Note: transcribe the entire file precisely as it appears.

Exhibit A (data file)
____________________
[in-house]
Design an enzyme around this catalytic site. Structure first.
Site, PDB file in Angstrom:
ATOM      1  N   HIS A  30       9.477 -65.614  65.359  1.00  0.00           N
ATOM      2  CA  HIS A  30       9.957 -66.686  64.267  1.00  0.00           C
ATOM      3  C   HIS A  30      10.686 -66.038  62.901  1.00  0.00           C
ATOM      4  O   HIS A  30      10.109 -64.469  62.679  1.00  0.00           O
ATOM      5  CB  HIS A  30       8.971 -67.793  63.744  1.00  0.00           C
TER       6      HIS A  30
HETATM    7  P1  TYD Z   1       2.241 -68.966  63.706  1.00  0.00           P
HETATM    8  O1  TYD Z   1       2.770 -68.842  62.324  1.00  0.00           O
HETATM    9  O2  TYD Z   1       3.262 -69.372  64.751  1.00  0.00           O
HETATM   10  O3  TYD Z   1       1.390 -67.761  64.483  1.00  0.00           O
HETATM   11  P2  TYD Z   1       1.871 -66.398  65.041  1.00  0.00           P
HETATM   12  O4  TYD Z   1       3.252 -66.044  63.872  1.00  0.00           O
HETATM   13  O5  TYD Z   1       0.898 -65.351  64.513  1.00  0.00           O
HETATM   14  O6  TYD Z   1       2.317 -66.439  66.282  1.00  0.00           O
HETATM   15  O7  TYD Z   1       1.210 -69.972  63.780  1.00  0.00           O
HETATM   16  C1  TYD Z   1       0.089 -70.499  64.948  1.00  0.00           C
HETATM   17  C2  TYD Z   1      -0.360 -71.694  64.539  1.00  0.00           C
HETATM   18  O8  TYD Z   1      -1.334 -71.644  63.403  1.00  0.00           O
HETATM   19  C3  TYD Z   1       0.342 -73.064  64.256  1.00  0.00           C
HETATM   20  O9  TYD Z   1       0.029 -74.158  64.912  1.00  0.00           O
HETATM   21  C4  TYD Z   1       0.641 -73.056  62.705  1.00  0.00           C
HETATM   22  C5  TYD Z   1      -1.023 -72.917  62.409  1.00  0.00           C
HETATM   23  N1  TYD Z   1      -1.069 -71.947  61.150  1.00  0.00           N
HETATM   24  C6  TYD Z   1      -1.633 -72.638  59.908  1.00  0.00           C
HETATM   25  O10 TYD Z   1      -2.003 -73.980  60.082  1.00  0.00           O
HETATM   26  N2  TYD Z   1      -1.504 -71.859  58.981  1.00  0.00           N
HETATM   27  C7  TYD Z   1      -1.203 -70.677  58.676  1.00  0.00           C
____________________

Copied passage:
[in-house]
Design an enzyme around this catalytic site. Structure first.
Site, PDB file in Angstrom:
ATOM      1  N   HIS A  30       9.477 -65.614  65.359  1.00  0.00           N
ATOM      2  CA  HIS A  30       9.957 -66.686  64.267  1.00  0.00           C
ATOM      3  C   HIS A  30      10.686 -66.038  62.901  1.00  0.00           C
ATOM      4  O   HIS A  30      10.109 -64.469  62.679  1.00  0.00           O
ATOM      5  CB  HIS A  30       8.971 -67.793  63.744  1.00  0.00           C
TER       6      HIS A  30
HETATM    7  P1  TYD Z   1       2.241 -68.966  63.706  1.00  0.00           P
HETATM    8  O1  TYD Z   1       2.770 -68.842  62.324  1.00  0.00           O
HETATM    9  O2  TYD Z   1       3.262 -69.372  64.751  1.00  0.00           O
HETATM   10  O3  TYD Z   1       1.390 -67.761  64.483  1.00  0.00           O
HETATM   11  P2  TYD Z   1       1.871 -66.398  65.041  1.00  0.00           P
HETATM   12  O4  TYD Z   1       3.252 -66.044  63.872  1.00  0.00           O
HETATM   13  O5  TYD Z   1       0.898 -65.351  64.513  1.00  0.00           O
HETATM   14  O6  TYD Z   1       2.317 -66.439  66.282  1.00  0.00           O
HETATM   15  O7  TYD Z   1       1.210 -69.972  63.780  1.00  0.00           O
HETATM   16  C1  TYD Z   1       0.089 -70.499  64.948  1.00  0.00           C
HETATM   17  C2  TYD Z   1      -0.360 -71.694  64.539  1.00  0.00           C
HETATM   18  O8  TYD Z   1      -1.334 -71.644  63.403  1.00  0.00           O
HETATM   19  C3  TYD Z   1       0.342 -73.064  64.256  1.00  0.00           C
HETATM   20  O9  TYD Z   1       0.029 -74.158  64.912  1.00  0.00           O
HETATM   21  C4  TYD Z   1       0.641 -73.056  62.705  1.00  0.00           C
HETATM   22  C5  TYD Z   1      -1.023 -72.917  62.409  1.00  0.00           C
HETATM   23  N1  TYD Z   1      -1.069 -71.947  61.150  1.00  0.00           N
HETATM   24  C6  TYD Z   1      -1.633 -72.638  59.908  1.00  0.00           C
HETATM   25  O10 TYD Z   1      -2.003 -73.980  60.082  1.00  0.00           O
HETATM   26  N2  TYD Z   1      -1.504 -71.859  58.981  1.00  0.00           N
HETATM   27  C7  TYD Z   1      -1.203 -70.677  58.676  1.00  0.00           C